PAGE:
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MENDOZA, Argentina (ChurchMilitant.com) - Two priests and a gardener found guilty of sexually abusing deaf children in Argentina will be sentenced on Monday. Pope Francis has known about this case since he was archbishop of Buenos Aires.
On Monday, Judges Carlos Díaz, Aníbal Crivelli and Mauricio Juan of Criminal Court No. 2 in Mendoza will deliver their verdict for Fr. Nicola Corradi, Fr. Horacio Corbacho and former gardener Armando Gómez.
The two priests and former gardener have been accused of sexual abuse, corruption of children and mistreatment at Mendoza's Antonio Próvolo Institute for Deaf and Hearing Impaired Children, a Catholic school founded in 1830 by Fr. Antonio Próvolo.
The three face a total of 28 criminal charges that include rape of minors, sexual abuse and assault.
Corbacho faces 16 criminal accusations: seven counts of sexual assault, three of sexual abuse and defilement and one for corruption of minors.
Corradi faces six criminal accusations: two counts of grave sexual abuse, two counts for corruption of minors one count of sexual abuse and defilement and one count of rape.
Gomez faces six charges: two for sexual abuse with rape and defilement, two for corruption of minors and one for sexual abuse.
The attorneys for the plaintiffs are seeking the maximum possible sentence according to Argentina's penal code for these crimes.
The accused face a total of 20–50 years' imprisonment, which will depend on the number of charges and exacerbating circumstances. Corradi has few charges but was responsible for the daily operations at the institute, which will likely aggravate his verdict.
The crimes committed at the institute in Mendoza were not isolated incidents. Abuse also occurred at sister Próvolo Institute campuses in La Plata, Argentina and Verona, Italy.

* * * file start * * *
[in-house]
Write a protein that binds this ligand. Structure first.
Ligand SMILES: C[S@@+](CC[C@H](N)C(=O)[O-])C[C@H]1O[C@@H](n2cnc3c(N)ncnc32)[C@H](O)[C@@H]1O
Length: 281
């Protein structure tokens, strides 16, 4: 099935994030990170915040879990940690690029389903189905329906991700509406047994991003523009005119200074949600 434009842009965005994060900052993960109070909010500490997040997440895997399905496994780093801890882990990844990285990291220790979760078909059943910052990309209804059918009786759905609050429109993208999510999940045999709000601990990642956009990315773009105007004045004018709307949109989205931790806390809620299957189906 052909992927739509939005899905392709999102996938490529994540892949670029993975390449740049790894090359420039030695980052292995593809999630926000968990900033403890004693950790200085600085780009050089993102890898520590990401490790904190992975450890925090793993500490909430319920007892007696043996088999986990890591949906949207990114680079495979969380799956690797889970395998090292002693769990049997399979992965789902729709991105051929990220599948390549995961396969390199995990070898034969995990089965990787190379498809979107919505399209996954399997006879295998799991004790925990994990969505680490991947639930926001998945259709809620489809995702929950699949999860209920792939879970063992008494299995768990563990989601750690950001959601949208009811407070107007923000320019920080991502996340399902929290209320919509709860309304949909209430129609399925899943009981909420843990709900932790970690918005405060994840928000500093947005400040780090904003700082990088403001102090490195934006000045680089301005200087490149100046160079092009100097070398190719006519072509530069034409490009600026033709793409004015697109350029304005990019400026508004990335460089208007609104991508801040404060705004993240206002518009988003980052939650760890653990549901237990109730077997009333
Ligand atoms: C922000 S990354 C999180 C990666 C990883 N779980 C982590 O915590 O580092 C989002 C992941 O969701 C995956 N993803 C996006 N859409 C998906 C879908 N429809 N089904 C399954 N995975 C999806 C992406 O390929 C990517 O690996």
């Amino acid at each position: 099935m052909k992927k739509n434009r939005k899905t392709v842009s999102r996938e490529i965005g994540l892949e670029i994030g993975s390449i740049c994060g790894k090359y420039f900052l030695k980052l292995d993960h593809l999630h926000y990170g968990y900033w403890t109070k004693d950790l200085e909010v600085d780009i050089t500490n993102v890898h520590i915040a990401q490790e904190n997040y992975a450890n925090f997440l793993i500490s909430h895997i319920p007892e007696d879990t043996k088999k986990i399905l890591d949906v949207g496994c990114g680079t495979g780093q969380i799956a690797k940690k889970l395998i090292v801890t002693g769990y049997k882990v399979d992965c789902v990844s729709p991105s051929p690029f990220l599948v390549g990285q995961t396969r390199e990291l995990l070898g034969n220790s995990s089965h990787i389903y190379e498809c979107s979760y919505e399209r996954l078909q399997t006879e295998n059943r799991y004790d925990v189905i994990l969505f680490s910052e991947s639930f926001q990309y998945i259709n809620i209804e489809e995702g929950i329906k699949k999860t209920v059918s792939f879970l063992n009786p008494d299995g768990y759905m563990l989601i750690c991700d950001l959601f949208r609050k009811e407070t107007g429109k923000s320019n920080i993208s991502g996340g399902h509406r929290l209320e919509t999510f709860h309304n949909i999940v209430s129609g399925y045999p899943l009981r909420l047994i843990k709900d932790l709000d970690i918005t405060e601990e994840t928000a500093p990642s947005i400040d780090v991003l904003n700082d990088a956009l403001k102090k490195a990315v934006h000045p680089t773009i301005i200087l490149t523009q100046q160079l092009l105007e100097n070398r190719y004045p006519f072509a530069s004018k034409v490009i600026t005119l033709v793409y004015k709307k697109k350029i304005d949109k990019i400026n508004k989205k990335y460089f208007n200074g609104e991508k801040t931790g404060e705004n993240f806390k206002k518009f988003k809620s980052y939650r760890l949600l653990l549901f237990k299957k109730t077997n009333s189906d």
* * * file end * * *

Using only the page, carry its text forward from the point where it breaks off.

A reporter interviewed Fr. Eligio Piccoli, a priest who worked at the institute in Verona and who is alleged to have participated in the sexual abuse.
Piccoli was resting at a Vatican accommodation in Negrar, near Verona, when the reporter approached.
"Those things that the Association of the Deaf is telling, are they true?" asked the reporter.
"Something is true, there is a lot of truth, but because they are corrupt," Piccoli began to answer.
"Who?" asked the reporter.
"The deaf-mute are all corrupt and have interests to protect," answered Piccoli.
"But are these stories true?" asked the reporter.
"Yes, they're true," said Piccoli.
Piccoli then talked about how most of the priests had engaged in these activities with the impaired children, including himself.
He spoke of a "cuddly" child who came into his room from the cold one day. According to Piccoli, the child exposed himself and the pedophile priest lost his head, performing a sexual act with the child.
The reporter then asked, "Anyway, was what happened in that room sinful?"
"No, it depends ... because males with males was a joke, those are jokes. However, if with a woman, it becomes more dangerous," said Piccoli. "What is sin? It's having fun with the evil, being pleased with the evil. But if you do something for a need, for a joke like this, come on."
"As one has the smoking habit, one has the habit of — you feel the urge to unload, that's it," concluded Piccoli.
The Vatican investigated the Próvolo Institute in 2010, acknowledging in 2012 that the abuses took place. To date, the Vatican has neither said nor done anything apart from imposing a few minor penalties for some of the perpetrators. This inaction has allowed some of these pedophile priests to roam the streets freely ― as is the case with Fr. Eliseo Pirmati ― and even be housed as guests in Vatican accommodations.
One victim wrote letters to Pope Francis in 2013 and 2014 but never received a response.
He and other victims went to Rome to meet the pope and hand-deliver a letter to him.
The pope asked for forgiveness and asked the victims to pray for him. He did "nothing else," according to that victim.
Another victim who was present at the meeting confirmed the testimony, saying that the pope said, "Forgive me," and then said a prayer.
Anne Barrett Doyle, co-director of Bishop Accountability, told The Associated Press that "the pope was president of the Argentine bishops' conference [when the scandal was exposed in 2009 and 2019]. He could have ordered an investigation of the Mendoza and La Plata schools then."
"And certainly, as pope, he could have acted years ago. He was notified by the Verona victims of Corradi's presence in Argentina," she added.
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